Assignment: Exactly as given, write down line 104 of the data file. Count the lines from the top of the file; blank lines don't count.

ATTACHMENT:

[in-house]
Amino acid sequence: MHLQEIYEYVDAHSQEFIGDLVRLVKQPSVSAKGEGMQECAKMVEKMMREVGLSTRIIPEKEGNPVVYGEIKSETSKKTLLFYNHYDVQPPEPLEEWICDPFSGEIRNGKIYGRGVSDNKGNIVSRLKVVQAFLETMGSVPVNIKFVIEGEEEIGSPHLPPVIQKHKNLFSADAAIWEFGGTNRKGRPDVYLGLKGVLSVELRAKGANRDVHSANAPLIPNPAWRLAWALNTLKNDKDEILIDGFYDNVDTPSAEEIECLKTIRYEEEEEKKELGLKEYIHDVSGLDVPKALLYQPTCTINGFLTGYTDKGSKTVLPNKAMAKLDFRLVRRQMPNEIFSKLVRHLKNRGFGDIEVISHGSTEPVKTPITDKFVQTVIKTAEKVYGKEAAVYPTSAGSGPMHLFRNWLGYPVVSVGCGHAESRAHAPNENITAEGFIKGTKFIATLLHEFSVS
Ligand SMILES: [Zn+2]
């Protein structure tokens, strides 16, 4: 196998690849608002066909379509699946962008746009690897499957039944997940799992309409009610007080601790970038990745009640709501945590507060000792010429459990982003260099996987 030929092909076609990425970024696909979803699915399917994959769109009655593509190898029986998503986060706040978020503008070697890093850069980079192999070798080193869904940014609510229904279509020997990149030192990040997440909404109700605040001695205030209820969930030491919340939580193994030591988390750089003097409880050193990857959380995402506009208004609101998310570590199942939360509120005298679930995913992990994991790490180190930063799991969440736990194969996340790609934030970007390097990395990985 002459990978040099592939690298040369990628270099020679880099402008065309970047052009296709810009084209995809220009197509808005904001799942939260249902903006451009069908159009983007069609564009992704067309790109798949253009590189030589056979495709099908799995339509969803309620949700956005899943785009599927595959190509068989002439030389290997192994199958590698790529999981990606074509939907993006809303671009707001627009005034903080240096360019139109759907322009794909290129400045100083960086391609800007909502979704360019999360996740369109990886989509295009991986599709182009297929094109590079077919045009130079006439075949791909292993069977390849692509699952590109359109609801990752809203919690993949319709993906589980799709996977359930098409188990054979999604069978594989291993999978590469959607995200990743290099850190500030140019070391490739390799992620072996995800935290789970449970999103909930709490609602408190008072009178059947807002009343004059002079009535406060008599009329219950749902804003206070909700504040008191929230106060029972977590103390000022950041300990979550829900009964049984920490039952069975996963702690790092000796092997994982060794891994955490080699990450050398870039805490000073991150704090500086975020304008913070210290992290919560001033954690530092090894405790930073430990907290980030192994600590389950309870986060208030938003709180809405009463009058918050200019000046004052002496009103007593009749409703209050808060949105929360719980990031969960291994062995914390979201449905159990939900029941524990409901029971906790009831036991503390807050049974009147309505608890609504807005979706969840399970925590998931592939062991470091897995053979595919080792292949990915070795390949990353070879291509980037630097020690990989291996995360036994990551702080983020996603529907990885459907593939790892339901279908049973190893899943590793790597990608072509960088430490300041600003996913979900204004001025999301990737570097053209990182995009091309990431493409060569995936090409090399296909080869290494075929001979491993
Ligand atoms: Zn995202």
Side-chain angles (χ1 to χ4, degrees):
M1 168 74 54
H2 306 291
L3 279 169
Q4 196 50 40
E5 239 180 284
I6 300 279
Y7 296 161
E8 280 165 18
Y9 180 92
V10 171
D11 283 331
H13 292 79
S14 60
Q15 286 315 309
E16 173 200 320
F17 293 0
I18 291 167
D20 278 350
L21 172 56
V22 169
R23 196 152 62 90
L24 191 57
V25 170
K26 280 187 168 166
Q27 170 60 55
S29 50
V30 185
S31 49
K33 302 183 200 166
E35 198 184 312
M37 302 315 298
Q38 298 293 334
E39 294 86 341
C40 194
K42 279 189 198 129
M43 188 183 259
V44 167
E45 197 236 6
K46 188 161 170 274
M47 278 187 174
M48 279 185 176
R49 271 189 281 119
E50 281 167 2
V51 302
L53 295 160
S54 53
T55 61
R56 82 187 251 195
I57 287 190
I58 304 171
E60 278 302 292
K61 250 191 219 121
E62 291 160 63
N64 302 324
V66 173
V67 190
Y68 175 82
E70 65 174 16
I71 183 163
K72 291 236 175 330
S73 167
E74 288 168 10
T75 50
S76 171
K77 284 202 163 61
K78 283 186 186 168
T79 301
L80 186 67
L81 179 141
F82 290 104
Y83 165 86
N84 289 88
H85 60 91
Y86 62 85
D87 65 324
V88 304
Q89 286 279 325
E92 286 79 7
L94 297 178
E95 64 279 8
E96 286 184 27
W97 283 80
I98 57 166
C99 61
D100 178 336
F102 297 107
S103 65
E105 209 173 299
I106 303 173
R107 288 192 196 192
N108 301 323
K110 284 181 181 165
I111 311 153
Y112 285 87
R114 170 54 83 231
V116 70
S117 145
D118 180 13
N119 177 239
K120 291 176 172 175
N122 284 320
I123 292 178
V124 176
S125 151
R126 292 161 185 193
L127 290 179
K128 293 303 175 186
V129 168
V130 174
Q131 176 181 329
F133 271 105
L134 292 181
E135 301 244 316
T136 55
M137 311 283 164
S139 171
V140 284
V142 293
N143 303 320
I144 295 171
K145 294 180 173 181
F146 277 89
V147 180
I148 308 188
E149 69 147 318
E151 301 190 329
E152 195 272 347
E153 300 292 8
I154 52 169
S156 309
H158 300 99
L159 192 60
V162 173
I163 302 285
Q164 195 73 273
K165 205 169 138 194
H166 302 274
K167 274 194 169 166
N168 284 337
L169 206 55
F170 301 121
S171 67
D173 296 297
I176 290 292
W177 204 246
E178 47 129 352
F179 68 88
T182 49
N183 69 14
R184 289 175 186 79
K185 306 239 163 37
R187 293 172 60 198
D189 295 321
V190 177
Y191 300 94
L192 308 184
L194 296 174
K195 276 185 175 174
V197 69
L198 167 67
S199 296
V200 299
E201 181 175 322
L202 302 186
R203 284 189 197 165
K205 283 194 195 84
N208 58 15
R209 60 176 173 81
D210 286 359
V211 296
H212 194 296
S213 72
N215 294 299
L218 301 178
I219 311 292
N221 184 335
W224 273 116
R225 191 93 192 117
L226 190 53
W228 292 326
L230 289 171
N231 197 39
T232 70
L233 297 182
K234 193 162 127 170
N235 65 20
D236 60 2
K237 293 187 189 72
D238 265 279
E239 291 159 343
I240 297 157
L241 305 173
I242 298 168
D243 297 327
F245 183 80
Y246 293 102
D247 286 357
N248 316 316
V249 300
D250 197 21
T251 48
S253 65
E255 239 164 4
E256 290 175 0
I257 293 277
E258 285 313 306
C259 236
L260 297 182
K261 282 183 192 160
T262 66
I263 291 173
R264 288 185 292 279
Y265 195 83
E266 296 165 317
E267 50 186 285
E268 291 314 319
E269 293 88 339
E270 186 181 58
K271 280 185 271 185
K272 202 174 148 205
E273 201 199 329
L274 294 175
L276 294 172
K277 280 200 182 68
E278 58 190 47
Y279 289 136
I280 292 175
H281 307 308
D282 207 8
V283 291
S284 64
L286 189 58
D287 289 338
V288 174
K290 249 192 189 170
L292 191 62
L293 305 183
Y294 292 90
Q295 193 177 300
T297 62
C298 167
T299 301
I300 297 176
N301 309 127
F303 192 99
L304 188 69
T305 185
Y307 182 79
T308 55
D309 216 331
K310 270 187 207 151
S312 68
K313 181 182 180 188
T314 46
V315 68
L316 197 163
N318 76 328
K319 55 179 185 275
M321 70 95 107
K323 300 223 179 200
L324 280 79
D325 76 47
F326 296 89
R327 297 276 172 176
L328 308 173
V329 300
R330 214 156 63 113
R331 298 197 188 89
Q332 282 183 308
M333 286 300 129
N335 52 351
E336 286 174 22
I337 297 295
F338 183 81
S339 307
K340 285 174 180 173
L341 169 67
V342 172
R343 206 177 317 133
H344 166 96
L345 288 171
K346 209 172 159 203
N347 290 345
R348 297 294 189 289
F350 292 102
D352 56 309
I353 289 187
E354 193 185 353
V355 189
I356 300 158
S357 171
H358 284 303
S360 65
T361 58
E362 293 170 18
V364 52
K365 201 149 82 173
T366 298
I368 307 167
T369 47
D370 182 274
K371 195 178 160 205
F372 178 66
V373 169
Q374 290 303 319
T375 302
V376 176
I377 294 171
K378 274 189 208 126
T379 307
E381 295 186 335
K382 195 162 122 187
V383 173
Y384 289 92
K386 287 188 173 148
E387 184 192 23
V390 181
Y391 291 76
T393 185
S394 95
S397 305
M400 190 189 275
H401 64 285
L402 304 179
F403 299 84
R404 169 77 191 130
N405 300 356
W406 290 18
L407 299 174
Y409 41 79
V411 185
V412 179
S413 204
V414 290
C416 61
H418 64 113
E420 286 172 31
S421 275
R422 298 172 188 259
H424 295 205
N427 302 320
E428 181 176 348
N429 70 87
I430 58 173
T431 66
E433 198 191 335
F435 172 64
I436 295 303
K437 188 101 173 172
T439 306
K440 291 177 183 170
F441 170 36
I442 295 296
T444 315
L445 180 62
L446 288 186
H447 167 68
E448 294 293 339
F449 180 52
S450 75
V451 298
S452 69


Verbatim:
D118 180 13